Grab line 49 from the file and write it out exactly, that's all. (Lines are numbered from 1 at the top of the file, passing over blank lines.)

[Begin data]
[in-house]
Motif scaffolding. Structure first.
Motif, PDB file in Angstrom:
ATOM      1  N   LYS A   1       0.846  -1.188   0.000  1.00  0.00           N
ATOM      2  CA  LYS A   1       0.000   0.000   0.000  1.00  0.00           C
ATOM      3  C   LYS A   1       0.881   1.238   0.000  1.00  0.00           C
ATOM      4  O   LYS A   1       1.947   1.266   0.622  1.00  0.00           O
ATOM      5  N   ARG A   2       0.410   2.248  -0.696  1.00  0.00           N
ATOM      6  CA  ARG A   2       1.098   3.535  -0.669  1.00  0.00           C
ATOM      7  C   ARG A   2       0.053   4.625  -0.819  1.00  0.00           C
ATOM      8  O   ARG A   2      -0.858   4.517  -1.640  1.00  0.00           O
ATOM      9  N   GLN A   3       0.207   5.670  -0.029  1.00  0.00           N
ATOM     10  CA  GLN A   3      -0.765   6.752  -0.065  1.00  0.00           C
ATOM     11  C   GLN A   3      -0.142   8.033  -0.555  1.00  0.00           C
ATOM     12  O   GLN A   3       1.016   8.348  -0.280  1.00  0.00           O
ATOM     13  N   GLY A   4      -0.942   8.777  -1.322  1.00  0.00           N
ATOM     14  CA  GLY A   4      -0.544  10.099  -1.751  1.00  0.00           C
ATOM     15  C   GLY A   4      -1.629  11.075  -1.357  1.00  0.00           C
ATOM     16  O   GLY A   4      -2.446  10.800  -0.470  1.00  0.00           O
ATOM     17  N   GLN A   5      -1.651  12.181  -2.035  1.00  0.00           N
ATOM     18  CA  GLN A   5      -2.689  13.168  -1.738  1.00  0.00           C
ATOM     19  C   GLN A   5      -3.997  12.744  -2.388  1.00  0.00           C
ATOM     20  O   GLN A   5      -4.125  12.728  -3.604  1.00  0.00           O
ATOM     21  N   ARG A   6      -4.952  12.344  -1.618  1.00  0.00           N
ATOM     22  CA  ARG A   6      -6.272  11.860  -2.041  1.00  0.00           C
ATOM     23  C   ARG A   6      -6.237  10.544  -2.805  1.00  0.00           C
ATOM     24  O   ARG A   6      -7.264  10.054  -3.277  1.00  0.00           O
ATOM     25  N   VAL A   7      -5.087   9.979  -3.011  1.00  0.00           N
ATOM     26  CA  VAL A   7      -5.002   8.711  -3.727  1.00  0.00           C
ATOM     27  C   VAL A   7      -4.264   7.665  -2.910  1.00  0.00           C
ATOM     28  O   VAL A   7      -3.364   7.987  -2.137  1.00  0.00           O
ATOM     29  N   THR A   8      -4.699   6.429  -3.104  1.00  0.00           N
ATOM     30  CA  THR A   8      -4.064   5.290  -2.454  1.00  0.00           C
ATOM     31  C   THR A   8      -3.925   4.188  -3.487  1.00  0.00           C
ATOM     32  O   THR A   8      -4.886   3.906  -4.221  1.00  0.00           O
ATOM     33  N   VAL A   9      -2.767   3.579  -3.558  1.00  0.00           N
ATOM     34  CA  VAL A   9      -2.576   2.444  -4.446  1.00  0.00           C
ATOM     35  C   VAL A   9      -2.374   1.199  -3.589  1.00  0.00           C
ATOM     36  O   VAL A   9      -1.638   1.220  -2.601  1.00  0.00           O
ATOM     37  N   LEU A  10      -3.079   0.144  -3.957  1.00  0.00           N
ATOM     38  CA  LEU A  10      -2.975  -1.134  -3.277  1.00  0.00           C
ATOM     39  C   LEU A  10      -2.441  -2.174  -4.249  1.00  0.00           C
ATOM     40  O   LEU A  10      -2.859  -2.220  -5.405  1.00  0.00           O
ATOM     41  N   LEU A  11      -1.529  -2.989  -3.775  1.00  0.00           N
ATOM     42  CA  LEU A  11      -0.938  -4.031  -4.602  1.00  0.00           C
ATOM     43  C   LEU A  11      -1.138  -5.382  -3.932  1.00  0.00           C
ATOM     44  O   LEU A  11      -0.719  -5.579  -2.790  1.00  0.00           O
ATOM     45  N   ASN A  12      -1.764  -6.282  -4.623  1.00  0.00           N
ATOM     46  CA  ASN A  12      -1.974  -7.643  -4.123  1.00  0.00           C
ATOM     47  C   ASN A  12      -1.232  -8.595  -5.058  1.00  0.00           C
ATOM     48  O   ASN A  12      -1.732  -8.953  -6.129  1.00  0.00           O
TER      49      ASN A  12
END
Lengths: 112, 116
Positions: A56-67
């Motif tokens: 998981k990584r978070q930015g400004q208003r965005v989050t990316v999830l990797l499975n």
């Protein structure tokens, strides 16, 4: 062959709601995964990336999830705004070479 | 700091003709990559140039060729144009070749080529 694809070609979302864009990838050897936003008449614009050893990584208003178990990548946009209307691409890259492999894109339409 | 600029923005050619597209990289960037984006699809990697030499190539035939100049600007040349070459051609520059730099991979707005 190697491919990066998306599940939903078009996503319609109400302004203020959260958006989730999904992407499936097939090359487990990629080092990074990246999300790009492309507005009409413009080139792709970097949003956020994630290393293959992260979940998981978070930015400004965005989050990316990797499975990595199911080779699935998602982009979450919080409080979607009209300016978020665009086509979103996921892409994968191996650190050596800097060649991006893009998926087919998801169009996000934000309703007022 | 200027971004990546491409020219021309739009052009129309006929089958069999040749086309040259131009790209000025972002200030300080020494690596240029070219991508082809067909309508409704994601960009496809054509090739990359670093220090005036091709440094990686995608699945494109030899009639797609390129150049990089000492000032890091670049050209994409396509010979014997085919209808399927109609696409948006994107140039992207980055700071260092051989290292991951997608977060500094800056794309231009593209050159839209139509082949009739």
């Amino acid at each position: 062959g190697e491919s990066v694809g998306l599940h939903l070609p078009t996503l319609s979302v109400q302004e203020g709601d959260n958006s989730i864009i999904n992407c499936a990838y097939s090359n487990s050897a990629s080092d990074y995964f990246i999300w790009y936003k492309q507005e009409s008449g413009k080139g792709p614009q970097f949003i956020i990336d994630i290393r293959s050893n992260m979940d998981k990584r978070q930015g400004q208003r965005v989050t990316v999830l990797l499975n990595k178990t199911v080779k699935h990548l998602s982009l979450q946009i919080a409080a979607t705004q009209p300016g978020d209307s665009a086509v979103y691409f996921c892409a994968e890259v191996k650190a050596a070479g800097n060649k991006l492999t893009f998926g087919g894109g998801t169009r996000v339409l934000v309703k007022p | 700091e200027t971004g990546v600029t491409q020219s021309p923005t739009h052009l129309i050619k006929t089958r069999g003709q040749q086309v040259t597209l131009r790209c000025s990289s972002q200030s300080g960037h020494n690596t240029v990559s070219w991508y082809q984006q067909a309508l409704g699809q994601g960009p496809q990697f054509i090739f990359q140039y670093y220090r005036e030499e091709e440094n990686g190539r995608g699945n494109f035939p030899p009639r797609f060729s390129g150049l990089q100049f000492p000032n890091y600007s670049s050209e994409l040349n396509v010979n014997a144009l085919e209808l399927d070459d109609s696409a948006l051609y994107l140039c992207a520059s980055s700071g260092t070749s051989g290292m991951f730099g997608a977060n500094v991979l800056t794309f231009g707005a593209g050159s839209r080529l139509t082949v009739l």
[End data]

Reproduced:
ATOM     46  CA  ASN A  12      -1.974  -7.643  -4.123  1.00  0.00           C